Remembering Dorset’s First Olympic Hero
Charles Bennett Olympic Mile – Shapwick, 22 July 2012
Britain’s first Olympic track & field gold medallist was Charles
Bennett, a local railwayman. He was born in the village of Shapwick, a
combination of his birthplace, his athletic prowess, and his occupation
saw him earn the sobriquet ‘The Shapwick Express’.
Bennett – ‘The Shapwick Express’
first Olympic medal came with gold (and a world record) in the 1,500m in
the Paris Olympics in 1900 (he also won silver in the 4,000m
steeplechase and second gold in a 5,000m team race in Paris). Charles
Bennett returned to Wimborne for a post-Olympic civic reception and,
according to legend, was carried shoulder-high through the streets of
he will be remembered once more, in the form of ‘The Charles Bennett
Olympic Mile’. Shapwick, in tribute to its local hero, will be
celebrating by hosting a series of eight one-mile charity road races on
Sunday 22nd July 2012 – 112 years to the day Charles Bennett
claimed his second Olympic Gold for the 5,000m team race.
The event will open with athletes carrying Olympic torches from London
1948 and London 2012, followed by a race for villagers at 12.30pm. Races
continue throughout the afternoon for people of all ages and abilities:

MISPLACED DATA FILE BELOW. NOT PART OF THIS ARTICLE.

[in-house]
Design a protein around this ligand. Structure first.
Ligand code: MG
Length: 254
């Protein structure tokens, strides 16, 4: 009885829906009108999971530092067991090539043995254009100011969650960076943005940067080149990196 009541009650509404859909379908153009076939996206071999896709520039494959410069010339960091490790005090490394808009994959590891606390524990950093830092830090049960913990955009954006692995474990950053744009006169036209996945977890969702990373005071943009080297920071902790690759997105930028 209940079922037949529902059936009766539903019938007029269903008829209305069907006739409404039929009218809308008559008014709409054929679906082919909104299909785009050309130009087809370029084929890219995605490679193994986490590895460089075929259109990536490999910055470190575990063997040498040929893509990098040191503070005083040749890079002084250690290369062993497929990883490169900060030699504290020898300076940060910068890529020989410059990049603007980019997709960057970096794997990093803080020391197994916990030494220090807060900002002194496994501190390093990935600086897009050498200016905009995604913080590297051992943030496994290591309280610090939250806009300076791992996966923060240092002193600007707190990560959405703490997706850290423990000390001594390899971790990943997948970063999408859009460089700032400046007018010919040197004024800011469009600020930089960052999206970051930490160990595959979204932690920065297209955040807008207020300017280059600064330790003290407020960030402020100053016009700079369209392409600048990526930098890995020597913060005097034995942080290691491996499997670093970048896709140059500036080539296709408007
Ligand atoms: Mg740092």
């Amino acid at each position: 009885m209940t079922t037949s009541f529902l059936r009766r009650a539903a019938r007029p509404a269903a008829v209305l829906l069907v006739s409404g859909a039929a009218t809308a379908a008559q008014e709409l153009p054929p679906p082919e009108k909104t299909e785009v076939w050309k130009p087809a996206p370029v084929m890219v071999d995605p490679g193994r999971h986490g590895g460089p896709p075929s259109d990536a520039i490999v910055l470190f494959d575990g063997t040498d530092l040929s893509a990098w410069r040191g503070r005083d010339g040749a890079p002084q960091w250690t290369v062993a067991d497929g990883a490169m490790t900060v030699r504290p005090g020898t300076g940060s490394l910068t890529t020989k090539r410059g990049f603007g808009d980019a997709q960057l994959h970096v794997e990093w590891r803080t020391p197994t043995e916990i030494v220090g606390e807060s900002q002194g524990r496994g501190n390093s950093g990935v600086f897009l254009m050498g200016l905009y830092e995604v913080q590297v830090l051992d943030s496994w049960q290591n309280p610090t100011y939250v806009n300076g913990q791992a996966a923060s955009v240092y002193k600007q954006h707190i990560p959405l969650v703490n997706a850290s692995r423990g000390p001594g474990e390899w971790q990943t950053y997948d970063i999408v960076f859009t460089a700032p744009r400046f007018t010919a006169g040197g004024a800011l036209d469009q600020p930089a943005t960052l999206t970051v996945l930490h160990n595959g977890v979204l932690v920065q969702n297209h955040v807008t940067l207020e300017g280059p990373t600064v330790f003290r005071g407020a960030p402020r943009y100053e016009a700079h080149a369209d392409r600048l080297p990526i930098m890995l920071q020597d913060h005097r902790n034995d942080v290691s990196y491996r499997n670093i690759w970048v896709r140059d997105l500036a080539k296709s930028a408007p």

from club runners and elite athletes to paralympic competitors and
Wimborne AC is fortunate to have four 2012 Olympic torchbearers, and all
four of them will be at Shapwick with their torches. Click
here to read their nomination stories.
Charles Bennett’s grandson, Chris, will be presenting race winners with
their medals along with local Commonwealth athlete, Roger Matthews and
veteran members of Charles Bennett’s club, Finchley Harriers.
The Charles Bennett Olympic Mile is being organised by Voice of Shapwick,
the village community group, in association with Bournemouth and
Wimborne Athletic Clubs. The celebration is also a fundraising
The main beneficiary of the day is
the Pilgrim Bandits,
a 'no sympathy' charity formed to push returned amputee servicemen and
women to their personal limits. They will be attending with their very
first Forces Patron, Lance Bombardier Ben Parkinson, the most seriously
injured soldier to survive the war in Afghanistan. He lost both legs,
and suffered brain damage, and spinal injuries in a roadside bomb attack
in 2006. After years of rehabilitation he is finally able to walk on
high-tech prosthetic legs. On 26th June 2012 thousands of well-wishers
cheered him on as he carried the Olympic torch through his home town of
Doncaster to great acclaim. No stranger to challenges, Ben will be
taking part in the Charles Bennett Olympic Mile on his hand-bike. Click
here to see more about Ben Parkinson’s inspiring story.
To find out more about the Pilgrim Bandits visit the charity’s website
In his day, Charles Bennett was best known as a champion miler – holding
the regional title from 1894 to 1900 and English Amateur title in 1900.
Only three other Britons have won Olympic Gold for 1500m: Arnold Jackson
(Stockholm, 1912), Albert Hill (Antwerp, 1920) and Sebastian Coe
(Moscow, 1980 and Los Angeles, 1984).
The Charles Bennett Olympic Mile has been selected as one of the events
forming the Wimborne AC Roadrunners’ Club Championship for 2012. With
Shapwick en fête that day it should be a great occasion.
For more information about the race and details of how to enter visit